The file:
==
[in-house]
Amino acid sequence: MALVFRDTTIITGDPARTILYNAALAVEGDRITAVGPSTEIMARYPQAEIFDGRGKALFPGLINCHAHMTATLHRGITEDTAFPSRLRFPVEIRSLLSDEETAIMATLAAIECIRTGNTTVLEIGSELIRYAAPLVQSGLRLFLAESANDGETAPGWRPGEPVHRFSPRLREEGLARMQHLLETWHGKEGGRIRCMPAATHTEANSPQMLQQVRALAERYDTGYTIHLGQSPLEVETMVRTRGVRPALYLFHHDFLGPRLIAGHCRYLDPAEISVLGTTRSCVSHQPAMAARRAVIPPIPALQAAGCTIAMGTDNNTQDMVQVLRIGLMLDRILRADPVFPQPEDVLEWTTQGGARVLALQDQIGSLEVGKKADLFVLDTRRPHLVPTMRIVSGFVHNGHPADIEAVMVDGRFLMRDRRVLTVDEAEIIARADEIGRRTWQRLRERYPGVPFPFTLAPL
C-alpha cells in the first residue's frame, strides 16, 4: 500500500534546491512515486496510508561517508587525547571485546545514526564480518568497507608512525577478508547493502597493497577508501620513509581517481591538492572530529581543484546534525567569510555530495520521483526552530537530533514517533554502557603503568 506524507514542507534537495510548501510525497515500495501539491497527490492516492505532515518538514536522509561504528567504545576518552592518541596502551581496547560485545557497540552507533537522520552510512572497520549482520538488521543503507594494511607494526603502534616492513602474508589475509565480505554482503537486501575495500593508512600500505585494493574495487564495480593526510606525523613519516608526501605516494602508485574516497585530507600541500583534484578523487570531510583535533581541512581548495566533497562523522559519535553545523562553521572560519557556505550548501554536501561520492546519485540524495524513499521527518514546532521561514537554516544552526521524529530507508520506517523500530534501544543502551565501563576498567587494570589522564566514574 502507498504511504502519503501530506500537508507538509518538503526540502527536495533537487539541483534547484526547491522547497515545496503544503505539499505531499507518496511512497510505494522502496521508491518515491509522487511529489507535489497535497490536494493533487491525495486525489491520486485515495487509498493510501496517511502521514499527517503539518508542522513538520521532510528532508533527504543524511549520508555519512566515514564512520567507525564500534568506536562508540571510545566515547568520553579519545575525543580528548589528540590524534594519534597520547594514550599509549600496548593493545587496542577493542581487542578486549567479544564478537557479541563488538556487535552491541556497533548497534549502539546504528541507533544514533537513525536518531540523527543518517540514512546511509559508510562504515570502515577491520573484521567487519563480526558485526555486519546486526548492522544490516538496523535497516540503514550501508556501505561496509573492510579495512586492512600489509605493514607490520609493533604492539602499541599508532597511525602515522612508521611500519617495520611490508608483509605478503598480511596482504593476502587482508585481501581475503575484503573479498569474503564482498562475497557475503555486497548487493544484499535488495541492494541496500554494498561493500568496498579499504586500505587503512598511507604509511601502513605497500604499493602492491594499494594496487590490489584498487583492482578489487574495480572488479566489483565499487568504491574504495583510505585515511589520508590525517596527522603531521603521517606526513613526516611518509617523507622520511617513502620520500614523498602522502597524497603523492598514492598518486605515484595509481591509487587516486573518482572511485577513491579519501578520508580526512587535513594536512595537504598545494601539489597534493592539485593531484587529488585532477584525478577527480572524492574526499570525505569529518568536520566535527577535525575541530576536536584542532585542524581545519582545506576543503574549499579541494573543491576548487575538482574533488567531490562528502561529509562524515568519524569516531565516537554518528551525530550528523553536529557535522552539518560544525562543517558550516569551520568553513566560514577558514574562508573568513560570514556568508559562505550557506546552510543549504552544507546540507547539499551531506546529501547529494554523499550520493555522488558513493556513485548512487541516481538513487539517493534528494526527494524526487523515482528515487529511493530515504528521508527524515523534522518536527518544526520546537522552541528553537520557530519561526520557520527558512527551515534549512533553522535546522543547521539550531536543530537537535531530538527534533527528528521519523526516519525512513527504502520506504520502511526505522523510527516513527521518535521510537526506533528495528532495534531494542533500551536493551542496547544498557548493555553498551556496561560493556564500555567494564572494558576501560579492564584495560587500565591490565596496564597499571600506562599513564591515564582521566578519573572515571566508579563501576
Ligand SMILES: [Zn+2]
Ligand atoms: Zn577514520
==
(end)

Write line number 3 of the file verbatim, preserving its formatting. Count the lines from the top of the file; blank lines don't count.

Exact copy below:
C-alpha cells in the first residue's frame, strides 16, 4: 500500500534546491512515486496510508561517508587525547571485546545514526564480518568497507608512525577478508547493502597493497577508501620513509581517481591538492572530529581543484546534525567569510555530495520521483526552530537530533514517533554502557603503568 506524507514542507534537495510548501510525497515500495501539491497527490492516492505532515518538514536522509561504528567504545576518552592518541596502551581496547560485545557497540552507533537522520552510512572497520549482520538488521543503507594494511607494526603502534616492513602474508589475509565480505554482503537486501575495500593508512600500505585494493574495487564495480593526510606525523613519516608526501605516494602508485574516497585530507600541500583534484578523487570531510583535533581541512581548495566533497562523522559519535553545523562553521572560519557556505550548501554536501561520492546519485540524495524513499521527518514546532521561514537554516544552526521524529530507508520506517523500530534501544543502551565501563576498567587494570589522564566514574 502507498504511504502519503501530506500537508507538509518538503526540502527536495533537487539541483534547484526547491522547497515545496503544503505539499505531499507518496511512497510505494522502496521508491518515491509522487511529489507535489497535497490536494493533487491525495486525489491520486485515495487509498493510501496517511502521514499527517503539518508542522513538520521532510528532508533527504543524511549520508555519512566515514564512520567507525564500534568506536562508540571510545566515547568520553579519545575525543580528548589528540590524534594519534597520547594514550599509549600496548593493545587496542577493542581487542578486549567479544564478537557479541563488538556487535552491541556497533548497534549502539546504528541507533544514533537513525536518531540523527543518517540514512546511509559508510562504515570502515577491520573484521567487519563480526558485526555486519546486526548492522544490516538496523535497516540503514550501508556501505561496509573492510579495512586492512600489509605493514607490520609493533604492539602499541599508532597511525602515522612508521611500519617495520611490508608483509605478503598480511596482504593476502587482508585481501581475503575484503573479498569474503564482498562475497557475503555486497548487493544484499535488495541492494541496500554494498561493500568496498579499504586500505587503512598511507604509511601502513605497500604499493602492491594499494594496487590490489584498487583492482578489487574495480572488479566489483565499487568504491574504495583510505585515511589520508590525517596527522603531521603521517606526513613526516611518509617523507622520511617513502620520500614523498602522502597524497603523492598514492598518486605515484595509481591509487587516486573518482572511485577513491579519501578520508580526512587535513594536512595537504598545494601539489597534493592539485593531484587529488585532477584525478577527480572524492574526499570525505569529518568536520566535527577535525575541530576536536584542532585542524581545519582545506576543503574549499579541494573543491576548487575538482574533488567531490562528502561529509562524515568519524569516531565516537554518528551525530550528523553536529557535522552539518560544525562543517558550516569551520568553513566560514577558514574562508573568513560570514556568508559562505550557506546552510543549504552544507546540507547539499551531506546529501547529494554523499550520493555522488558513493556513485548512487541516481538513487539517493534528494526527494524526487523515482528515487529511493530515504528521508527524515523534522518536527518544526520546537522552541528553537520557530519561526520557520527558512527551515534549512533553522535546522543547521539550531536543530537537535531530538527534533527528528521519523526516519525512513527504502520506504520502511526505522523510527516513527521518535521510537526506533528495528532495534531494542533500551536493551542496547544498557548493555553498551556496561560493556564500555567494564572494558576501560579492564584495560587500565591490565596496564597499571600506562599513564591515564582521566578519573572515571566508579563501576